Activity | How to find water in the wild


Weeping wall

Clean drinking water is an essential part of your kit, but every litre adds a kilo of weight to your pack, so knowing how to replenish your water stocks on the move – or find it in an emergency – is vital. Bushcraft expert, Joe O'Leary reveals the following tricks in preparation for your Scouting adventures later this year! 


Scouting out water

Before setting off on your trips, plot a route that takes in likely sources of water. If your trip is unplanned and this isn’t possible, consult your map to find the nearest options. Rivers, streams, lakes, springs, even small ponds and marshes will be marked and, with experience, you’ll be able to pinpoint less-visible areas that might contain an emergency source.

Make use of any high ground to study the landscape. Look for valleys, or the base of outcrops or cliffs where water will naturally drain to, and vegetation that may indicate its presence such as reeds, willow or alder. In arid landscapes, any vegetation at all is a giveaway.

Keep an open mind about what you expect to find but always inspect well, and filter and sterilise the water before drinking. Even a crystal-clear brook has the potential to hide a dead animal further upstream.


Unusual sources

1) Trap Rainwater

Use a tarp, tent, plastic bag or even bark sheets and large, non-poisonous leaves to set up a system to catch valuable rainwater as it runs off. Always check the tree canopy above for toxic plants that the rain could be filtering through. Sometimes you’ll find a mature tree with a natural hollow where the large trunk separates into two or more thinner trunks; these ‘tree wells’ will frequently fill up with water. Scoop out the old sludge just before a heavy downpour and you’ll stand a chance of collecting a fair quantity of clean water.

Rain on tent

Trapping rainwater on your tent is a great way to take advantage of overnight storms

2) Collect dew

First thing in the morning and late in the evening, grass and exposed vegetation is covered in water, albeit tiny droplets. These can be absorbed with a clean item of clothing and wrung out into a container. Sounds laborious but, in fact, walking through long grass just before the sun rises while you’re dragging an absorbent piece of material on a stick produces quite a lot. Dew also collects on cold surfaces; so try collecting and placing smooth rocks in a plastic-lined shallow pit to attract moisture. It will dribble down into the bottom of the pit, but be quick if the weather’s hot – use the moisture before the sun comes up and it starts to evaporate.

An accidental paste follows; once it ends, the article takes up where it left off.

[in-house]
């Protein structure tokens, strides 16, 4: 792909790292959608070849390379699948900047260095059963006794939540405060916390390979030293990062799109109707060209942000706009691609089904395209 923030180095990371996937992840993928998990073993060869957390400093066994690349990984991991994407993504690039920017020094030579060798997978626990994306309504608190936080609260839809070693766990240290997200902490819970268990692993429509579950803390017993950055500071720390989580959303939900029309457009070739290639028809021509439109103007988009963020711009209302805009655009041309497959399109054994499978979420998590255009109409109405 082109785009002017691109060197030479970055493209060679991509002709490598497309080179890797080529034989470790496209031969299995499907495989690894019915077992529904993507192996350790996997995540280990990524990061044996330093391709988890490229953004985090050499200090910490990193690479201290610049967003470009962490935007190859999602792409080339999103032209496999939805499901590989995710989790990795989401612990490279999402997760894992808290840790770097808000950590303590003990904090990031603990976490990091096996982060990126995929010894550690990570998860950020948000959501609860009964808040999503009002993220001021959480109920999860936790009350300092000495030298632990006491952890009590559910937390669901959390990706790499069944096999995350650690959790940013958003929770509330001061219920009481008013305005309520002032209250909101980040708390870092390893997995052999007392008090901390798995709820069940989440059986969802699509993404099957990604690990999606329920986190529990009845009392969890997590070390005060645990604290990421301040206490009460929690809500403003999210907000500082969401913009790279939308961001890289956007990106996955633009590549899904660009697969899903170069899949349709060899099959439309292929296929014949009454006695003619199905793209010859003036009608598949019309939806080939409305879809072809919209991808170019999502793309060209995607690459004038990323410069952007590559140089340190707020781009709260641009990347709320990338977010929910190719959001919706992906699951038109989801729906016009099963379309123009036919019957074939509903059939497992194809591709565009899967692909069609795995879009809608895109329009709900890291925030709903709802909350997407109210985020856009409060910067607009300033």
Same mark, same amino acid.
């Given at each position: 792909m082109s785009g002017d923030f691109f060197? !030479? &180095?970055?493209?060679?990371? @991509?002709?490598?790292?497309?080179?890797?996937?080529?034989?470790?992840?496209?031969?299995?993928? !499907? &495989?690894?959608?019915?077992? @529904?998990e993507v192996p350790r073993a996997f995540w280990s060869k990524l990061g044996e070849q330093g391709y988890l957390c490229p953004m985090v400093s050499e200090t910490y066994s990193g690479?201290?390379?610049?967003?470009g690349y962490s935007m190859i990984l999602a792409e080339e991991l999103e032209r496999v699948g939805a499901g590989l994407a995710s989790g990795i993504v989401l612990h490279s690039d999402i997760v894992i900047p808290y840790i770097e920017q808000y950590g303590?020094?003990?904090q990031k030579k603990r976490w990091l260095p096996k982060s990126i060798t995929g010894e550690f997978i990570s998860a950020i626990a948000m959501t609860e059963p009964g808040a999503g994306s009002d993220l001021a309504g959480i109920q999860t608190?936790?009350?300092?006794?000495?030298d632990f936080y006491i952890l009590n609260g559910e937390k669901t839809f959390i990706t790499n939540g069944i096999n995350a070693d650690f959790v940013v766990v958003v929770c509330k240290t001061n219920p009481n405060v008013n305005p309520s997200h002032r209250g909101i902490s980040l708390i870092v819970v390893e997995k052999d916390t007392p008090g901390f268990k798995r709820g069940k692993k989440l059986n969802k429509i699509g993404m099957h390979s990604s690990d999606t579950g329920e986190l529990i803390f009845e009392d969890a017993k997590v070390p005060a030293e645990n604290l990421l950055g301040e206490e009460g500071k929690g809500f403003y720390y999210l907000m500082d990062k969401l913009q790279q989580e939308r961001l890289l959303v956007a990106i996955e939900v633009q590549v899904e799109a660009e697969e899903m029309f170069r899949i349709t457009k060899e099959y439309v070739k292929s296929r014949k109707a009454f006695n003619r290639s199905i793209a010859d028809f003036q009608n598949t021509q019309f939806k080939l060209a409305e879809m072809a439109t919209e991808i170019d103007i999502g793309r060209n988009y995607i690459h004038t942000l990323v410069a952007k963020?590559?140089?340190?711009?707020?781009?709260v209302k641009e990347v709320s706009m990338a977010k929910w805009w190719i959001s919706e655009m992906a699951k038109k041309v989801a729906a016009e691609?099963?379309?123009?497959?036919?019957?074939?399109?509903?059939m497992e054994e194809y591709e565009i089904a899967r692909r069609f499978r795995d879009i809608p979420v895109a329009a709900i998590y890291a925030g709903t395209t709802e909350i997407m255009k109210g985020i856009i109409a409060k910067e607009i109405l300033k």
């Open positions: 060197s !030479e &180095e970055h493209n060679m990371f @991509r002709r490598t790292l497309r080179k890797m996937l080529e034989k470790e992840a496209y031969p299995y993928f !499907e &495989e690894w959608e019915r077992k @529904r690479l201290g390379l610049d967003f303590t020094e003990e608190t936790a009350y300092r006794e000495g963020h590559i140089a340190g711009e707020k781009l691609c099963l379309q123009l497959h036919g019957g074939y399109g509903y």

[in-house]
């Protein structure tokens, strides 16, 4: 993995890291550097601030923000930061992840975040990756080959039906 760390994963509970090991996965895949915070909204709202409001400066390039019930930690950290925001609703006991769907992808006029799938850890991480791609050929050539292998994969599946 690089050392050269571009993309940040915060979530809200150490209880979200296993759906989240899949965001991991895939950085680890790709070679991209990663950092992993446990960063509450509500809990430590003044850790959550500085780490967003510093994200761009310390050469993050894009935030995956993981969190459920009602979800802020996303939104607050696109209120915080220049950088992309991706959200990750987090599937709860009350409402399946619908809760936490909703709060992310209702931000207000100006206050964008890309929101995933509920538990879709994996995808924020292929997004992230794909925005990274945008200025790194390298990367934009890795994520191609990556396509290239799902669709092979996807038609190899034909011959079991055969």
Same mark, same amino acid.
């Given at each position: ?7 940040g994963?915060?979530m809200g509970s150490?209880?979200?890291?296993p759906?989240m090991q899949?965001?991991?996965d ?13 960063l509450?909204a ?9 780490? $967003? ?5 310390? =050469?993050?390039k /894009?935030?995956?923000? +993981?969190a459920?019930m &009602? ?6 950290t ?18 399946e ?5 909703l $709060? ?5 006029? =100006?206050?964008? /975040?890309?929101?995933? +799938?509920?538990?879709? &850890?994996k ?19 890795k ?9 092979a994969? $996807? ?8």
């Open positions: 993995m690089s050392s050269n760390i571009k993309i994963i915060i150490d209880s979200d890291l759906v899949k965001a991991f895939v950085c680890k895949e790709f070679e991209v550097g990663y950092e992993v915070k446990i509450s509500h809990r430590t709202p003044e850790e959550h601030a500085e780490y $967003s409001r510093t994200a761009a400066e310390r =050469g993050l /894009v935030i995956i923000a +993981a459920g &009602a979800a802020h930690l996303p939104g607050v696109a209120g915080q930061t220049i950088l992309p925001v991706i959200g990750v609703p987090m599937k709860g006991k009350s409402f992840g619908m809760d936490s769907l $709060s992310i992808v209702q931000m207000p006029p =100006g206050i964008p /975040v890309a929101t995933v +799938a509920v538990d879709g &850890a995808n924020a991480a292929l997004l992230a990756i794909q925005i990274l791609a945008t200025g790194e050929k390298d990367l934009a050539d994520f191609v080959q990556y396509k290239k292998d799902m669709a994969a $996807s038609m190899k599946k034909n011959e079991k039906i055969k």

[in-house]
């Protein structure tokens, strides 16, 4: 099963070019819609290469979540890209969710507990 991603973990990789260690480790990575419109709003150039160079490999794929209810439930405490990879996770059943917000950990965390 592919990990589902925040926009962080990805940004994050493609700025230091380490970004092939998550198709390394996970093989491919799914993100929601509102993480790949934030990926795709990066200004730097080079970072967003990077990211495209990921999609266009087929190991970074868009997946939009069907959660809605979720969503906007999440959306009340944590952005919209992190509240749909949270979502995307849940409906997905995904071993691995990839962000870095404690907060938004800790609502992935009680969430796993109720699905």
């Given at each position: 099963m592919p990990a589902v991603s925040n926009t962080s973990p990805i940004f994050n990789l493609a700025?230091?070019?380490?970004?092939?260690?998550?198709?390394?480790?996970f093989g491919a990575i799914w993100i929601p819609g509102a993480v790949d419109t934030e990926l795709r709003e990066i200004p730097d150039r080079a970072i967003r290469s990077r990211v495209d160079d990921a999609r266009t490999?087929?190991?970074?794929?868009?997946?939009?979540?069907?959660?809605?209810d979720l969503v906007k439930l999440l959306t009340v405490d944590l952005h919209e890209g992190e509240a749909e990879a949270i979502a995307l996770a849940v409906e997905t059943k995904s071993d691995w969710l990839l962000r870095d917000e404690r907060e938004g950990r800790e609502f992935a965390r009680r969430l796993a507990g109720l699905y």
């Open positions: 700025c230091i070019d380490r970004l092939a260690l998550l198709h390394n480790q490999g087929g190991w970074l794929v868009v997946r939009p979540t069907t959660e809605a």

3) Take to the trees!

Silver birch in particular can provide an emergency drink during a two to three-week window in early spring (usually around late February, early March). Find a good-sized tree, preferably with a slight lean, and use your knife or a piece of flint and a wooden batten to pierce a hole through the bark on the side with the lean. If the conditions are perfect and it’s the right time of year, you’ll see a dribble of sap appearing in the hole, which quickly becomes a trickle, then a constant drip. Over time your container will fill up and provide a slightly sugary drink. It isn’t pure enough to be used as your only source of drinking water but it does taste refreshing!

Birch tap

Make sure you can identify birch trees to tap their sugary goodness!

4) Dig a well

There may be times when the ground is saturated underfoot but there is no visible pond or spring. It could be that there’s no sign of moisture at all on the surface, but water-loving plants growing nearby indicate a high water table underneath. The answer is to dig a well; dig down until water starts to seep into the bottom of the hole. Chances are it’ll be dirty this time (and maybe the second and third times too) so scoop it out until it’s clear. If the water continues to look murky, try lining with non-poisonous plants to act as a primary filter.

5) Defrost ice and snow

Heating snow and ice to produce water requires fuel so in the cold, always look for an alternative source; for instance, fast-running water is the last to freeze. Never be tempted to eat snow because you risk lowering your core temperature and developing mouth injuries. Melt it in a cooking pot and look for wet, slushy snow; powdery snow contains lots of air. Choose ice over snow; it provides a better return of water per potful. Alternatively, pack a T-shirt full with snow and hang it near the fire to slowly drip into a container.

Melting snow

Find an idyllic spot to melt some snow to keep you going on a hiking trip


Notes on filtration and sterilisation

Any water collected must be filtered to remove fine particles and debris that could harbour parasites or irritate. Filter water through a tight weave bag or improvise a filter from an old T-shirt. A plastic bottle or even a birch bark cone can also be packed with layers of moss, charcoal and sand, the bottom cut off and pin holes pricked through the narrow end or lid with a hot safety pin. Pour water into the open end of the filter and catch the drips.

Wild water should also be sterilised. The simplest method is to bring it to a ‘crazy’ rolling boil for five minutes, then let it cool or make some wild tea! If you haven’t got a metal pot to boil water in, heat solid, non-porous rocks in the fire and use like the element in a kettle. Never use glassy, flinty or flaky rocks as they can explode. Pick the hot rock up with tongs and hold in a watertight, non-metal container to boil the water.


Let us know how you get on. Post pics of your water-sourcing adventures on our Facebook page. 



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